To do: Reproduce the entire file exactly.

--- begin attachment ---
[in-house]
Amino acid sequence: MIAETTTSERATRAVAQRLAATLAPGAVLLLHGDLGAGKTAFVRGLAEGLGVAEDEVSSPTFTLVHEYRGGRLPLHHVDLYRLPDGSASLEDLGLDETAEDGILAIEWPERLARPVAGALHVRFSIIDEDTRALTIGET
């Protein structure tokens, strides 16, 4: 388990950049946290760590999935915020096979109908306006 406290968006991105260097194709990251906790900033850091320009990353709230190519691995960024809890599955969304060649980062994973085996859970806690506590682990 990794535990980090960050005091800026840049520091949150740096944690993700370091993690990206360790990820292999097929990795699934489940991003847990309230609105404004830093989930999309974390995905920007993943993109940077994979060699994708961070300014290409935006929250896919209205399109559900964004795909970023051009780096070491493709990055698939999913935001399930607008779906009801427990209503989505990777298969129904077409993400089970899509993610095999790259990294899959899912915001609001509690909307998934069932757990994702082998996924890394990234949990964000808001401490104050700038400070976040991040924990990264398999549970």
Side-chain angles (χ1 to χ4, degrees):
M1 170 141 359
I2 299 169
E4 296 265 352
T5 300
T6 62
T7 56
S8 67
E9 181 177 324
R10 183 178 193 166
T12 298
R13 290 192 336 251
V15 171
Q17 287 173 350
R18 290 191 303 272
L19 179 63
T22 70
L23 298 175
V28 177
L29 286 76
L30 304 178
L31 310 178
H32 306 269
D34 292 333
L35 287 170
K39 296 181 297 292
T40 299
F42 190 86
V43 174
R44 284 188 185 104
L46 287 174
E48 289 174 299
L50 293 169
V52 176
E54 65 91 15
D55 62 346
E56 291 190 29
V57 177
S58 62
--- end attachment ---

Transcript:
[in-house]
Amino acid sequence: MIAETTTSERATRAVAQRLAATLAPGAVLLLHGDLGAGKTAFVRGLAEGLGVAEDEVSSPTFTLVHEYRGGRLPLHHVDLYRLPDGSASLEDLGLDETAEDGILAIEWPERLARPVAGALHVRFSIIDEDTRALTIGET
């Protein structure tokens, strides 16, 4: 388990950049946290760590999935915020096979109908306006 406290968006991105260097194709990251906790900033850091320009990353709230190519691995960024809890599955969304060649980062994973085996859970806690506590682990 990794535990980090960050005091800026840049520091949150740096944690993700370091993690990206360790990820292999097929990795699934489940991003847990309230609105404004830093989930999309974390995905920007993943993109940077994979060699994708961070300014290409935006929250896919209205399109559900964004795909970023051009780096070491493709990055698939999913935001399930607008779906009801427990209503989505990777298969129904077409993400089970899509993610095999790259990294899959899912915001609001509690909307998934069932757990994702082998996924890394990234949990964000808001401490104050700038400070976040991040924990990264398999549970």
Side-chain angles (χ1 to χ4, degrees):
M1 170 141 359
I2 299 169
E4 296 265 352
T5 300
T6 62
T7 56
S8 67
E9 181 177 324
R10 183 178 193 166
T12 298
R13 290 192 336 251
V15 171
Q17 287 173 350
R18 290 191 303 272
L19 179 63
T22 70
L23 298 175
V28 177
L29 286 76
L30 304 178
L31 310 178
H32 306 269
D34 292 333
L35 287 170
K39 296 181 297 292
T40 299
F42 190 86
V43 174
R44 284 188 185 104
L46 287 174
E48 289 174 299
L50 293 169
V52 176
E54 65 91 15
D55 62 346
E56 291 190 29
V57 177
S58 62